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Avoiding Potential Shock Hazards In Your Marina

As the summer months begin to approach, marinas will begin to see an influx of people looking to enjoy the weather out on the water.  To make sure things remain safe and enjoyable for the equipment and boats at your marina as well as your marina patrons and employees, it’s always a good idea to run regular audits and inspections of your equipment, especially the equipment most prone to electrical safety hazards.

As marinas are located by the water, the electrical equipment at both freshwater and salt water marinas alike are prone to water exposure, excess moisture, salt, and various other environmental elements that can cause damage to the equipment over time. Whether it is a wire that becomes eroded and exposed, disconnected, insulation that deteriorates, or any of the multitude of other potential situations, improperly maintained electrical equipment can lead to equipment damage, injury and in some cases even death. The best course of action for marina owners to take is a combination of preventative retrofitting and a maintenance schedule that includes regular inspections.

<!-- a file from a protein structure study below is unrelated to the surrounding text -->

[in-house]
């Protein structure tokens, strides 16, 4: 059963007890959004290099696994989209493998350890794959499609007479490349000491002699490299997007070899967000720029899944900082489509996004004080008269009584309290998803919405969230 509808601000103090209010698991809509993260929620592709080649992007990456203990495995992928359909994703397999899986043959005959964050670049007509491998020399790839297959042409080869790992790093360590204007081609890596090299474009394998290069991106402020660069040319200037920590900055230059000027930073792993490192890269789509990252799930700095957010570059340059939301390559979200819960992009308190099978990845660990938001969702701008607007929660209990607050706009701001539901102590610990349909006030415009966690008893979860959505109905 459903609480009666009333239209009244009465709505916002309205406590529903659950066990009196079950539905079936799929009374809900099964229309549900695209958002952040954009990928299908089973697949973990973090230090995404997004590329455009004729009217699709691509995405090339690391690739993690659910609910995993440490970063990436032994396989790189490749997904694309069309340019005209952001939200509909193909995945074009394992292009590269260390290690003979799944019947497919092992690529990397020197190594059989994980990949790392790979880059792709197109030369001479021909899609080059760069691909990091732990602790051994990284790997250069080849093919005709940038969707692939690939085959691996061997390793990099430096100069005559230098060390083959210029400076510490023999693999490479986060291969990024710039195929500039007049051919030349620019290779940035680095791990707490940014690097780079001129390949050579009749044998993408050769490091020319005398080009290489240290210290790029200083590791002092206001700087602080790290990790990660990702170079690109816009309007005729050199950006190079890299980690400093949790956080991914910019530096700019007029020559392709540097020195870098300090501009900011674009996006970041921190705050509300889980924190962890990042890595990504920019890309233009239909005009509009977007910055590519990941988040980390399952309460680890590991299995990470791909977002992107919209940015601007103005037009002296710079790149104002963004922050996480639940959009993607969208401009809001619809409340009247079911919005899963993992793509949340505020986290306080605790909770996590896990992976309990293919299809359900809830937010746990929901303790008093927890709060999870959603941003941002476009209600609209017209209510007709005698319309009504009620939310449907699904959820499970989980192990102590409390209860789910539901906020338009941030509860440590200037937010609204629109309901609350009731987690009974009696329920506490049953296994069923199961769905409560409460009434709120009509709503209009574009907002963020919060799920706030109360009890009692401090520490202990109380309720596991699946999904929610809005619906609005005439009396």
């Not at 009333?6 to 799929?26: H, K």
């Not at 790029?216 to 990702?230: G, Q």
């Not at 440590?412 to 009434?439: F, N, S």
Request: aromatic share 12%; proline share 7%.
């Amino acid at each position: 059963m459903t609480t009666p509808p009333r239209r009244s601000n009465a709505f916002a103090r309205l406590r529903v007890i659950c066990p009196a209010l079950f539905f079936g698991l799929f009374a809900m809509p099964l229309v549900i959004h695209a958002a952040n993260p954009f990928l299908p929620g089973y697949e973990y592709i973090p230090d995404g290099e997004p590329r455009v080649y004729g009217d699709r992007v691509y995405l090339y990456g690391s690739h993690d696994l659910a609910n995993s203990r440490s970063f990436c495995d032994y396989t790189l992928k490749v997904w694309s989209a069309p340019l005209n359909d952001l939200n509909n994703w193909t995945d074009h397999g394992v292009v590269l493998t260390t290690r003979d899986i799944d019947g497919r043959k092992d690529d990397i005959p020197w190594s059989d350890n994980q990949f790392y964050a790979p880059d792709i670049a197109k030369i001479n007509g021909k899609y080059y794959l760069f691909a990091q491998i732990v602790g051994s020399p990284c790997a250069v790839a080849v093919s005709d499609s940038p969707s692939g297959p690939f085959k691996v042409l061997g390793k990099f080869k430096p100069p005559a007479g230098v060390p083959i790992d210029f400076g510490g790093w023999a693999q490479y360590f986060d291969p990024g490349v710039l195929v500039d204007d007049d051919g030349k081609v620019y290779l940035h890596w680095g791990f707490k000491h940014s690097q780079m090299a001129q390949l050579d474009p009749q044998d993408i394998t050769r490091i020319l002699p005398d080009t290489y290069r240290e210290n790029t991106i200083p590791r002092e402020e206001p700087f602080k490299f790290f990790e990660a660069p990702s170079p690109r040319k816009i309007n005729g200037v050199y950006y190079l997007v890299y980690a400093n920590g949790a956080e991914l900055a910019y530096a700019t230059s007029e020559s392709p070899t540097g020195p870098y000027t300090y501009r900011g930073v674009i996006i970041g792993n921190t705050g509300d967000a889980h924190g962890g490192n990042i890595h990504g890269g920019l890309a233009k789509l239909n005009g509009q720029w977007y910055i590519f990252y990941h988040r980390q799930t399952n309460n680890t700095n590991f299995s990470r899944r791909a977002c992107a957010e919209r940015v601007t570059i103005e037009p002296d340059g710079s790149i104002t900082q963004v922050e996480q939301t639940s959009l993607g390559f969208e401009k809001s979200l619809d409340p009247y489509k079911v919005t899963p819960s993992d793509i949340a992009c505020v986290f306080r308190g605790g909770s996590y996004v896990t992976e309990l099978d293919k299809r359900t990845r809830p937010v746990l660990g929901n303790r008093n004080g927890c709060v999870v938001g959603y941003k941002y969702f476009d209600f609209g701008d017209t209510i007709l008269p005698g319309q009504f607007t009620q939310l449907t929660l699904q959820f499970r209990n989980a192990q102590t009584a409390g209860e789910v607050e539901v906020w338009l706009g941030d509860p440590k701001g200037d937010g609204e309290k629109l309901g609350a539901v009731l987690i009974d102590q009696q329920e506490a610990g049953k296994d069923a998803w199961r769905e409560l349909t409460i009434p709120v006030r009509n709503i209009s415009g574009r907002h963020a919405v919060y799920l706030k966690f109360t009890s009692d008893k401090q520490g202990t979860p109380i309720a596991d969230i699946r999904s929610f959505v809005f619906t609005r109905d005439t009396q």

Retrofitting the most vulnerable pieces of equipment can often times be fairly less expensive than entirely replacing equipment and will usually resolve any of the potential security risks that may exist.  For example, installing a ground fault circuit interrupter, or a GFCI on your power pedestals is an excellent way to greatly reduce the risk of electric shock by shutting off electrical power to the device when it detects current flowing in a way it is not meant to, like through water or a person. In addition you should have all equipment thermal scanned and replace any wiring or components that may be giving off excess heat.

In addition to periodically retrofitting any equipment that you may need to, conducting regular inspections and maintenance of your electrical equipment is not only suggested for the health and longevity of the equipment, but it’s also required under National Fire Protection Association Standards for Marinas and Yacht Clubs.  Among various other inspections dependent upon the equipment used and marina size, things like regular thermal scanning, inspection for frayed conductors or loose electrical connections, and general visual inspections, can help to prevent potential safety hazards, electric shocks and damage to boats or equipment.

To learn more about the retrofitting, inspections, maintenance or any of the other marina electrical services offered by Tess Electrical, please feel free to reach out to one of our experienced marina electricians here.

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